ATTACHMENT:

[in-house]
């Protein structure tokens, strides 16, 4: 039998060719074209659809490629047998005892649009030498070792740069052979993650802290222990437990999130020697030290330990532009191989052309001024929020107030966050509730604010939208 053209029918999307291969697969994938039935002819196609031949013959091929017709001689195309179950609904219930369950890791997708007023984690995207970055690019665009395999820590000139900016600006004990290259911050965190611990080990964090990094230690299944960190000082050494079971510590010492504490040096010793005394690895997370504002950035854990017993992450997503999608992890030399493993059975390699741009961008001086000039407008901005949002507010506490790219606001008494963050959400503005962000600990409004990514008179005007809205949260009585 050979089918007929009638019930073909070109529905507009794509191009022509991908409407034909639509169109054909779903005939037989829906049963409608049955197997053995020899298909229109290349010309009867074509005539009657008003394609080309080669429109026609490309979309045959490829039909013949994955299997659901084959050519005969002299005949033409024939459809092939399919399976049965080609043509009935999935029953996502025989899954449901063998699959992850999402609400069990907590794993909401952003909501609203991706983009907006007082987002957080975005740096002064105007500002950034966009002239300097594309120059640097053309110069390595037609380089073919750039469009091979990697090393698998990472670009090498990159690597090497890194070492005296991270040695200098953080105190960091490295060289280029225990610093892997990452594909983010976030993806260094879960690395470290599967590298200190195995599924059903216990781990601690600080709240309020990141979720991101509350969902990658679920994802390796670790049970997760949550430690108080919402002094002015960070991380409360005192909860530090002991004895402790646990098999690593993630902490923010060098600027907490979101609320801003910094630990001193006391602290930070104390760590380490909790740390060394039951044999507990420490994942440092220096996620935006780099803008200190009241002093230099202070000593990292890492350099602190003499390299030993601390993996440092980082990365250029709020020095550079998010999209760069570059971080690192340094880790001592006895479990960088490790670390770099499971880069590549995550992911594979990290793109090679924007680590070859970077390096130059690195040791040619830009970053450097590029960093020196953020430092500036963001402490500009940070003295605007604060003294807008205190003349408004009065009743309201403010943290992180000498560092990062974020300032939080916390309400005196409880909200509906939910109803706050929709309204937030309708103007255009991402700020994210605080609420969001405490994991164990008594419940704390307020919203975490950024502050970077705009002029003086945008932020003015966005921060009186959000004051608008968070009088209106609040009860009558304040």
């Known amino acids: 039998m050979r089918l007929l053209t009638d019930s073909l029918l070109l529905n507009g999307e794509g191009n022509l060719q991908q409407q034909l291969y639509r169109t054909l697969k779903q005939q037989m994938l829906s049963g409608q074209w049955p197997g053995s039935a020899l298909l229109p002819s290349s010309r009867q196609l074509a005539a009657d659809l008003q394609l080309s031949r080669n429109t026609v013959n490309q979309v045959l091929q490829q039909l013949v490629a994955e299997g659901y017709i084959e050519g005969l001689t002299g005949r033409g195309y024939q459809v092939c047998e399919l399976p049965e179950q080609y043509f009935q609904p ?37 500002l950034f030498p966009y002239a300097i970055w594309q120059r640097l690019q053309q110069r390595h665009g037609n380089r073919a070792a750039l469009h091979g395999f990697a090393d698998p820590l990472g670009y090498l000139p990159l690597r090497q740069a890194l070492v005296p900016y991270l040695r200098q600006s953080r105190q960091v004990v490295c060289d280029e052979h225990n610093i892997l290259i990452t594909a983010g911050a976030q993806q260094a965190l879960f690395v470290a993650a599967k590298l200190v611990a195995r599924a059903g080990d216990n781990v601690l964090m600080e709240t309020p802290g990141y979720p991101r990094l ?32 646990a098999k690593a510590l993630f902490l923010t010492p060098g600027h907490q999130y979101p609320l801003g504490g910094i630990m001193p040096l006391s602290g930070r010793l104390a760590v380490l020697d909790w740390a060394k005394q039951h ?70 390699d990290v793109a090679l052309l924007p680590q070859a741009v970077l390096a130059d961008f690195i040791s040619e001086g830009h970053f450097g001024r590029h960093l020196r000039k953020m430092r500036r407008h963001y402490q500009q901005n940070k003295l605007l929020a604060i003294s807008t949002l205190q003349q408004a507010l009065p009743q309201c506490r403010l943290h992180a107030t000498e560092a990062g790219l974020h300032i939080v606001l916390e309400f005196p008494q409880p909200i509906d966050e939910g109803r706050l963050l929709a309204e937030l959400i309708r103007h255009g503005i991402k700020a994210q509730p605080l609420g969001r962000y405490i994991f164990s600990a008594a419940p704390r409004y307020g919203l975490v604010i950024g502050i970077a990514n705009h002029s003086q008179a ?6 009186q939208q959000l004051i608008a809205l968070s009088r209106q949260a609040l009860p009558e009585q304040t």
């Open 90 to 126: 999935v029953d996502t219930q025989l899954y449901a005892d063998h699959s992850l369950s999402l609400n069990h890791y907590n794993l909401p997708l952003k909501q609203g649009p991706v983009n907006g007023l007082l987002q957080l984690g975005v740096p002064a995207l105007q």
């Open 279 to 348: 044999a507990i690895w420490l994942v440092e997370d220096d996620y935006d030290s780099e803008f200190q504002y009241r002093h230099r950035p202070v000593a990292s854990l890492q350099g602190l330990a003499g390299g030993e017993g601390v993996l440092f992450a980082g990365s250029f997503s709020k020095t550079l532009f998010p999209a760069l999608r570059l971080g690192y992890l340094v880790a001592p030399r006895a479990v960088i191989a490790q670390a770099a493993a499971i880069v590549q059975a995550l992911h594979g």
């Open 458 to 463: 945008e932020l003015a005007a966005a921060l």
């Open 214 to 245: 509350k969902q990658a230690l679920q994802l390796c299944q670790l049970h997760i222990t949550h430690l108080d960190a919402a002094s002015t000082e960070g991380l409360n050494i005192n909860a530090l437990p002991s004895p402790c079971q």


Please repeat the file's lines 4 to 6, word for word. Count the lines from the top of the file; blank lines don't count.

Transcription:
């Open 90 to 126: 999935v029953d996502t219930q025989l899954y449901a005892d063998h699959s992850l369950s999402l609400n069990h890791y907590n794993l909401p997708l952003k909501q609203g649009p991706v983009n907006g007023l007082l987002q957080l984690g975005v740096p002064a995207l105007q």
């Open 279 to 348: 044999a507990i690895w420490l994942v440092e997370d220096d996620y935006d030290s780099e803008f200190q504002y009241r002093h230099r950035p202070v000593a990292s854990l890492q350099g602190l330990a003499g390299g030993e017993g601390v993996l440092f992450a980082g990365s250029f997503s709020k020095t550079l532009f998010p999209a760069l999608r570059l971080g690192y992890l340094v880790a001592p030399r006895a479990v960088i191989a490790q670390a770099a493993a499971i880069v590549q059975a995550l992911h594979g």
């Open 458 to 463: 945008e932020l003015a005007a966005a921060l």